Sunday, September 12, 2004

Bringing On the Guns

Bringing On the Guns

Sunday, September 12, 2004; Page B06

PRESIDENT BUSH doesn't care, and neither do the Republican House and Senate leaders. They're content to open up the streets to the pointless and exceptionally deadly gunfire of assault-style weapons. Their cold political calculation: Let the assault weapons ban expire Monday night, and let the police in particular and everybody in general fend for their lives. After all, that's the way people like it -- or so claims Senate Majority Leader Bill Frist (R-Tenn.) who, unlike other doctors who have treated shooting victims, thinks this is what the people want. "I think the will of the American people is consistent with letting it expire, so it will expire," Mr. Frist told reporters last week.

That's dead wrong. As Sen. Dianne Feinstein (D-Calif.) responded, "The 'will of the American people' has been carefully evaluated by poll after poll that show two-thirds to three-fourths of the people support the ban." The most recent national poll, conducted by the University of Pennsylvania's National Annenberg Election Survey, found that 68 percent of Americans wanted to extend the ban, including 57 percent of those with a gun in their household. A Frist aide said the majority leader was referring to a lack of pressure from within the Senate. Ms. Feinstein noted that she had written Mr. Frist asking him to schedule a vote on the issue.

In the House, Majority Leader Tom DeLay (R-Tex.) calls the assault weapon ban "a feel-good piece of legislation" that does nothing to keep weapons out of the hands of criminals. He's partly right; it's a feel-better ban for police on the front lines and citizens who would be far better protected if the ban were extended to cover the knockoff models that the gun industry has been peddling to circumvent the law.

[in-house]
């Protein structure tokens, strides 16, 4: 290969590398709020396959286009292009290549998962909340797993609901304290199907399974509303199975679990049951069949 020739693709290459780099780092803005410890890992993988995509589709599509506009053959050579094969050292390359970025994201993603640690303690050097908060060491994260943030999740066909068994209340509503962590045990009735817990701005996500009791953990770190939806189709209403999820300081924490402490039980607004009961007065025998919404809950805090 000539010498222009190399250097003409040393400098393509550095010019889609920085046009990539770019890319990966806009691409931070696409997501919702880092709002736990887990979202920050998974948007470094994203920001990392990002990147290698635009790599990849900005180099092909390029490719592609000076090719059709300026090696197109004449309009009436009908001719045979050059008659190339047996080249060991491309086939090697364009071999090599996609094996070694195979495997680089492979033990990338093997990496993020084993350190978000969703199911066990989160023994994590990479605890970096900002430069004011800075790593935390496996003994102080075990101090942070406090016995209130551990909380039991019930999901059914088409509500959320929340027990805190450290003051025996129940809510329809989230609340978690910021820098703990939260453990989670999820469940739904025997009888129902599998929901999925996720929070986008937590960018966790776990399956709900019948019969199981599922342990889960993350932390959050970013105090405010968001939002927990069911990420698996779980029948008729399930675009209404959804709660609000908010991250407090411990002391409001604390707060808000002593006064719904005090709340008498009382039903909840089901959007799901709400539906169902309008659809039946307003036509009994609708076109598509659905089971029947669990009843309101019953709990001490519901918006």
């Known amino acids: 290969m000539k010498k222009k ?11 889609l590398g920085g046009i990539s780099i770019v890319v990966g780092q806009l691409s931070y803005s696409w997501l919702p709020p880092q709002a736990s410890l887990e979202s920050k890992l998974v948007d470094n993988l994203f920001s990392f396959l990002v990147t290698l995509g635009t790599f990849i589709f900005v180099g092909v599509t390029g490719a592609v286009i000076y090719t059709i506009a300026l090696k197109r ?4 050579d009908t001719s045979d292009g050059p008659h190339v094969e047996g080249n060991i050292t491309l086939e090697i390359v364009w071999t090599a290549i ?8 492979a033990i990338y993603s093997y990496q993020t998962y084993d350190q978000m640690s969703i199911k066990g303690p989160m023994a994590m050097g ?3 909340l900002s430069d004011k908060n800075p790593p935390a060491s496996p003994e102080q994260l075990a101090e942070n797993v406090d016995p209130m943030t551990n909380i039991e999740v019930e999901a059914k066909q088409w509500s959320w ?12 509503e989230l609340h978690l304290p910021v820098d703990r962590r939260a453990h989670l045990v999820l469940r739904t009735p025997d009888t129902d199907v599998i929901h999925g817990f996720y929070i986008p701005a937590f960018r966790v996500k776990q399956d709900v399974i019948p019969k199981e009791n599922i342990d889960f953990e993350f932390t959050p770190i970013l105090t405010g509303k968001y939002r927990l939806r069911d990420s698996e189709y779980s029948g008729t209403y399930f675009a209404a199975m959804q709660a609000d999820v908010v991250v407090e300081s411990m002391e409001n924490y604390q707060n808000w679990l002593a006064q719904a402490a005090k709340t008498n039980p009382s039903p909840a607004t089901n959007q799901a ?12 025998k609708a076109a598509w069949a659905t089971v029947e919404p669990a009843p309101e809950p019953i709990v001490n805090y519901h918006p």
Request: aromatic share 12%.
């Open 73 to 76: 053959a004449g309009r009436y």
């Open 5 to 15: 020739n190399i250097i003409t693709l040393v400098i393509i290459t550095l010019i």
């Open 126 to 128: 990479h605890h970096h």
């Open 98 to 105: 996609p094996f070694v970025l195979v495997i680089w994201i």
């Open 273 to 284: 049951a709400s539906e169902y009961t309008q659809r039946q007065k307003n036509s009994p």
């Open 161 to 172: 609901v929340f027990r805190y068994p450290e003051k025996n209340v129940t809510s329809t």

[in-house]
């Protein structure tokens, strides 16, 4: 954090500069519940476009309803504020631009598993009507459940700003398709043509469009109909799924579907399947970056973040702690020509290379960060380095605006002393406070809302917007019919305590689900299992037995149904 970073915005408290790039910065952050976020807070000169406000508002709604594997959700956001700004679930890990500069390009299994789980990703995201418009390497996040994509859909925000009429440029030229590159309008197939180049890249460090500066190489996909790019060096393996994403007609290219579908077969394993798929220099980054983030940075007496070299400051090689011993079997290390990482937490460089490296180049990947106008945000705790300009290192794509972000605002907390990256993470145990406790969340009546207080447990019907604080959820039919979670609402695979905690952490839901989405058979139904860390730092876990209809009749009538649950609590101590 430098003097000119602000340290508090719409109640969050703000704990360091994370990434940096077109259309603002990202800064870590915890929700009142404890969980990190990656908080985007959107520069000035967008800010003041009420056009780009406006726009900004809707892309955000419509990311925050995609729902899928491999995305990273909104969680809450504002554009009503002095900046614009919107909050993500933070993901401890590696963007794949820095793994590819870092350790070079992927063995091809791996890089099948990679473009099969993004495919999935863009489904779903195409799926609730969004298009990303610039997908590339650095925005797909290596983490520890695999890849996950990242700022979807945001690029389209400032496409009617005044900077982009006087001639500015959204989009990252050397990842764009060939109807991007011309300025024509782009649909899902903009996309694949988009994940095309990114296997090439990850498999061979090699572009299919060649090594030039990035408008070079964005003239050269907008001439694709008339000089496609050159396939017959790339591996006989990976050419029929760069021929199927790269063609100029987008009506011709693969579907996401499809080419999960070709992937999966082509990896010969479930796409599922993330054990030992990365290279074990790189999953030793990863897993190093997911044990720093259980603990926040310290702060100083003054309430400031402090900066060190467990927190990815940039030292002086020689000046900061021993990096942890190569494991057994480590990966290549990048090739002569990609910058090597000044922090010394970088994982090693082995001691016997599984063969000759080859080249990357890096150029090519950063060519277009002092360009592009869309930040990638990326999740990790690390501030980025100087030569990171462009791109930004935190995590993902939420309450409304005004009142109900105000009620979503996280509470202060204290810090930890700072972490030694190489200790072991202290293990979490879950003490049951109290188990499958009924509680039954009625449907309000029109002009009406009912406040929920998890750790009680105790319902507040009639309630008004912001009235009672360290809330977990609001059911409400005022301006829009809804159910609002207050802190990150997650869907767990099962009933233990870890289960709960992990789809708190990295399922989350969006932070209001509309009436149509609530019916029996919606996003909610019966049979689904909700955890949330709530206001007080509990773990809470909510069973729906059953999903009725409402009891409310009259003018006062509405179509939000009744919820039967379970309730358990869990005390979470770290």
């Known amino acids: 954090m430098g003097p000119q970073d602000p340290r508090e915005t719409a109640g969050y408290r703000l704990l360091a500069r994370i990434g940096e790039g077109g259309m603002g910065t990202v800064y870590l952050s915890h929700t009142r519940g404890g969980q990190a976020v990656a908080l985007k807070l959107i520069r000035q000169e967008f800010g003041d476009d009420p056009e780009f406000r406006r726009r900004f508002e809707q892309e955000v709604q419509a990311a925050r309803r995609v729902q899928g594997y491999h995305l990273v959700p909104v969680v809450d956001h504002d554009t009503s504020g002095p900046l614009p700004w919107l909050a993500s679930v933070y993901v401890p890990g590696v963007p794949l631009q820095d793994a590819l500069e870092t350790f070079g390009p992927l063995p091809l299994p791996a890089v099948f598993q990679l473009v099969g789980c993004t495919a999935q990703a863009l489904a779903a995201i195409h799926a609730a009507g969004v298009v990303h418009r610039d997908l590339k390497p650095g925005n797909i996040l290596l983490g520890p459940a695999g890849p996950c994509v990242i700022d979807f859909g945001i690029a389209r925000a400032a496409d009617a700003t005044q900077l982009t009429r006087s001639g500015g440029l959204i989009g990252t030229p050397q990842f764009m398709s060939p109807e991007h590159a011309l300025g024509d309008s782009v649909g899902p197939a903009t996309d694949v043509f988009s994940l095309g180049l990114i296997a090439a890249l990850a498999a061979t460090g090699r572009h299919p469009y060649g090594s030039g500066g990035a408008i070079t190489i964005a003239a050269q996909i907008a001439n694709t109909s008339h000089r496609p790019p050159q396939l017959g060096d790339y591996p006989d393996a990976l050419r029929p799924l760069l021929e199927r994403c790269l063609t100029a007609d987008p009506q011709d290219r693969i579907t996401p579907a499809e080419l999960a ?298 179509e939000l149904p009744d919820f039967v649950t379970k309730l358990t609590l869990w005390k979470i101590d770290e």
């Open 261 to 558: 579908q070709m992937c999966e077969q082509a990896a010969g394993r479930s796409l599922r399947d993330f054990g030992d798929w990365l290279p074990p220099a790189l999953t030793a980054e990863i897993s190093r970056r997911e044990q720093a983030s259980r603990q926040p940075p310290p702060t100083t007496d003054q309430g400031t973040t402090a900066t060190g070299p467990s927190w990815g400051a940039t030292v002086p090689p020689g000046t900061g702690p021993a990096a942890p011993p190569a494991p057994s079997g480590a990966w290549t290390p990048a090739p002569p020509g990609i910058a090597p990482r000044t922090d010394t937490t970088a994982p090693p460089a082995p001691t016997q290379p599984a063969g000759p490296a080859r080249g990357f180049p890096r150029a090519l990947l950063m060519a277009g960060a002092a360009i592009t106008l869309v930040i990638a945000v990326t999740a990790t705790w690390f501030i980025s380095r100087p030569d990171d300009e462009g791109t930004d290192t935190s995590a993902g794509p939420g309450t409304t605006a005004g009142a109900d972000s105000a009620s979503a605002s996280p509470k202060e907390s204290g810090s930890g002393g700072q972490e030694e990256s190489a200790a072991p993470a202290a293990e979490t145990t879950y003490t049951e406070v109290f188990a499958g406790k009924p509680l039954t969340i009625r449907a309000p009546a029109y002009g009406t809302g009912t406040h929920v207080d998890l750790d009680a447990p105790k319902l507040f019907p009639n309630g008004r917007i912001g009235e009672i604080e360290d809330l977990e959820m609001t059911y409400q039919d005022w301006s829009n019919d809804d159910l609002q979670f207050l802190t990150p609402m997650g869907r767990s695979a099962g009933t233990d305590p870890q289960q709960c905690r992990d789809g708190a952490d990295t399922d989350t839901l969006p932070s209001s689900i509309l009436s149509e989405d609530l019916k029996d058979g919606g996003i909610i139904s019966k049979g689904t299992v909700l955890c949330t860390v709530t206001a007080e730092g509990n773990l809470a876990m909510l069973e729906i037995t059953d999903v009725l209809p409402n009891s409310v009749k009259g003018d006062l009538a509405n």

What's the point of flooding the country with weapons that are modeled for killing people, not the hunters' prey? Why bring back bayonets, flash suppressors and multi-round magazines designed for quick and heavy gunfire that can help mow down a crowd in the streets or kids in a school? Why ignore the pleadings of D.C. Police Chief Charles H. Ramsey, who stood together with more than 70 other police executives Wednesday in support of extending the ban? At least 2,000 sheriffs, police chiefs, law enforcement groups and prosecutors from around the country have asked Mr. Bush to help keep these weapons off the market. Joseph M. Polisar, president of the International Association of Chiefs of Police, noted that the White House ignored the chiefs' request for a meeting and said Republican leaders in Congress rejected their request for an immediate vote.

Whose "will" do these leaders respect? Most Americans have a will to live without these especially lethal and absolutely unnecessary weapons in their midst. Again, why won't the president act?